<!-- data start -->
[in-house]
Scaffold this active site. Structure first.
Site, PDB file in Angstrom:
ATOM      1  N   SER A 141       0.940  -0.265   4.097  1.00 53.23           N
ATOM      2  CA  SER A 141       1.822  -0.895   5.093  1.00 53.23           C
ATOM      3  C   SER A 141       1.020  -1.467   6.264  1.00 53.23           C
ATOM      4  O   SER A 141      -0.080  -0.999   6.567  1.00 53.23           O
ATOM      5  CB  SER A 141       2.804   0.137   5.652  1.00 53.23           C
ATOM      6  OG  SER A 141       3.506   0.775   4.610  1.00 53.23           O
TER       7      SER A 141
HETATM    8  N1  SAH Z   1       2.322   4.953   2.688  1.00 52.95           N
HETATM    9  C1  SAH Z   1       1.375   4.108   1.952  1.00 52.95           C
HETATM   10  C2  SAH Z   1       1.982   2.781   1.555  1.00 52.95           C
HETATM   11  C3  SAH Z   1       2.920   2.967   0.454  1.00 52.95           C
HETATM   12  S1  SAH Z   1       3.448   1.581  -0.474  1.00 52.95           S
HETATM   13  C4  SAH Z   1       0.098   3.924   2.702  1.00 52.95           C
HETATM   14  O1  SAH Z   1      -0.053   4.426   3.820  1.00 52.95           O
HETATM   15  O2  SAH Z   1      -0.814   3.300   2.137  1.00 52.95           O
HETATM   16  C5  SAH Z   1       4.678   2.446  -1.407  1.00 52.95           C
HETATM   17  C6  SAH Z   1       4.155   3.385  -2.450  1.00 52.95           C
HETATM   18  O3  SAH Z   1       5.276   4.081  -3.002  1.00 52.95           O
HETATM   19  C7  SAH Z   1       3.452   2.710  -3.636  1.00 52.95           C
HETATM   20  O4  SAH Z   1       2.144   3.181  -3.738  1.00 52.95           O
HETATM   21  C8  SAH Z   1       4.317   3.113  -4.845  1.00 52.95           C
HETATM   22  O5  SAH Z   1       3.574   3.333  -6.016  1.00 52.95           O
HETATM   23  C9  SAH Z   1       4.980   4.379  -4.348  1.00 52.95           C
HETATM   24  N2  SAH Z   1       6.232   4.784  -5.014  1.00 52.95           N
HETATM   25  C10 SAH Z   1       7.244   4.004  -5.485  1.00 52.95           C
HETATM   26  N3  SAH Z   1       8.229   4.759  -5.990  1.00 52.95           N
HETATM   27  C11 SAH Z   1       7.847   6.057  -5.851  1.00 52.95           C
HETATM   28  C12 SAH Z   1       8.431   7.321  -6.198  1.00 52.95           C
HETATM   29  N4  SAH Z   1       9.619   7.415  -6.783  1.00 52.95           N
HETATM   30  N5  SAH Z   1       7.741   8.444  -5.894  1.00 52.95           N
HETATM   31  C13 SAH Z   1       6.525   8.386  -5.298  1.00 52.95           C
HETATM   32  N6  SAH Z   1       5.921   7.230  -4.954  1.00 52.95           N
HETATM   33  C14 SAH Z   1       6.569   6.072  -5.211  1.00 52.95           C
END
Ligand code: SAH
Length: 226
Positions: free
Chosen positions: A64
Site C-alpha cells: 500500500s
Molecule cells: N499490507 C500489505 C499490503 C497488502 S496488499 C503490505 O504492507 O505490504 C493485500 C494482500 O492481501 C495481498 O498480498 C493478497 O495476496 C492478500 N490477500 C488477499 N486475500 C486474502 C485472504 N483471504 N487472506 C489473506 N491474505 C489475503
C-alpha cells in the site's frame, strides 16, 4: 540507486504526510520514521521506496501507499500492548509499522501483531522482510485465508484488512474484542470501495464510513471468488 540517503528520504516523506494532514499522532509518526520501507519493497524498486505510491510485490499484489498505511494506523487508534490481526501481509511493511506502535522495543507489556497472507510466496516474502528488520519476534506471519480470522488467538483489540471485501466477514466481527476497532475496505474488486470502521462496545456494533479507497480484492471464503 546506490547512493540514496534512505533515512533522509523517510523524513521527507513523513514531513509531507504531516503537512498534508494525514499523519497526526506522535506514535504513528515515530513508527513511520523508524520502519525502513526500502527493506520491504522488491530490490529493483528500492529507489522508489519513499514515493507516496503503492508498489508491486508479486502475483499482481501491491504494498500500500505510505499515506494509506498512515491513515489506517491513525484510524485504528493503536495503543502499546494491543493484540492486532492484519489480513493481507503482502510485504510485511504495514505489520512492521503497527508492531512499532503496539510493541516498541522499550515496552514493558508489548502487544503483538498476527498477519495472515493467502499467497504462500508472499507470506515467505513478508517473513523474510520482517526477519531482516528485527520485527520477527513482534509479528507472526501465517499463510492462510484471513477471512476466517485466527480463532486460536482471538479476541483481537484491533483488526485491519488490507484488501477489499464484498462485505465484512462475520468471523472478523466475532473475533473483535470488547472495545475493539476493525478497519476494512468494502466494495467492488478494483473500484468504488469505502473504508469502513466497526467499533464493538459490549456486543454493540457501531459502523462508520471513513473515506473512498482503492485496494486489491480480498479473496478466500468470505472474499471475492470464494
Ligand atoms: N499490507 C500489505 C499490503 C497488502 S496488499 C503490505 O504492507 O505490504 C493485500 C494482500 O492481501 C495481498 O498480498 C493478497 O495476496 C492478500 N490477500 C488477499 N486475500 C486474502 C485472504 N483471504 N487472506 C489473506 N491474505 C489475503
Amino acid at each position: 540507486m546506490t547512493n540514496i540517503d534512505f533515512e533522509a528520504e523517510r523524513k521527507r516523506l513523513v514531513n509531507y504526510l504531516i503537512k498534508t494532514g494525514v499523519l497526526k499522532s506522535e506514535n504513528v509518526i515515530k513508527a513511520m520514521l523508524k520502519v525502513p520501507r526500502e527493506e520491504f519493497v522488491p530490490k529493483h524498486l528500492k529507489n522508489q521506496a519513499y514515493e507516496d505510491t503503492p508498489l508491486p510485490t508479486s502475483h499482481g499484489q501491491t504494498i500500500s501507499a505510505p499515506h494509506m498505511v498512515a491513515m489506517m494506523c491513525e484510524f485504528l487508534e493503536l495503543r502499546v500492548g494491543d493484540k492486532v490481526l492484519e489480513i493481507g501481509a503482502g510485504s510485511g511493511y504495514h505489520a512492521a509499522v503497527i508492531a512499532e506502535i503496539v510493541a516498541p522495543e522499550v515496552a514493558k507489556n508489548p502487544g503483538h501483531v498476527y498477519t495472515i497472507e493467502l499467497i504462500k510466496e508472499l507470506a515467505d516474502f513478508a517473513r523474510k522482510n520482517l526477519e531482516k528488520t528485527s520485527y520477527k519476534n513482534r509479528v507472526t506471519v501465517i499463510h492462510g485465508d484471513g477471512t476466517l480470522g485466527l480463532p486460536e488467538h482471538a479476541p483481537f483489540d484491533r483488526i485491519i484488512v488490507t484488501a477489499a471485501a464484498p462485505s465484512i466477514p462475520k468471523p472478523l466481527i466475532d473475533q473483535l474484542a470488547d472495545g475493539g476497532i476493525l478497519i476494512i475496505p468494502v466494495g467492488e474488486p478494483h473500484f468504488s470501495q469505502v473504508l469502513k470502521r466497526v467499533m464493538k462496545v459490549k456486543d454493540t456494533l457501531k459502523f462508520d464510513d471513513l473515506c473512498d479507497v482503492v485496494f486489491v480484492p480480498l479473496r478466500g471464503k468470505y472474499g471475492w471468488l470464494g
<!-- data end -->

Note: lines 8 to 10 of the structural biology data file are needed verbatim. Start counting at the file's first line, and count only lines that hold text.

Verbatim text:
ATOM      5  CB  SER A 141       2.804   0.137   5.652  1.00 53.23           C
ATOM      6  OG  SER A 141       3.506   0.775   4.610  1.00 53.23           O
TER       7      SER A 141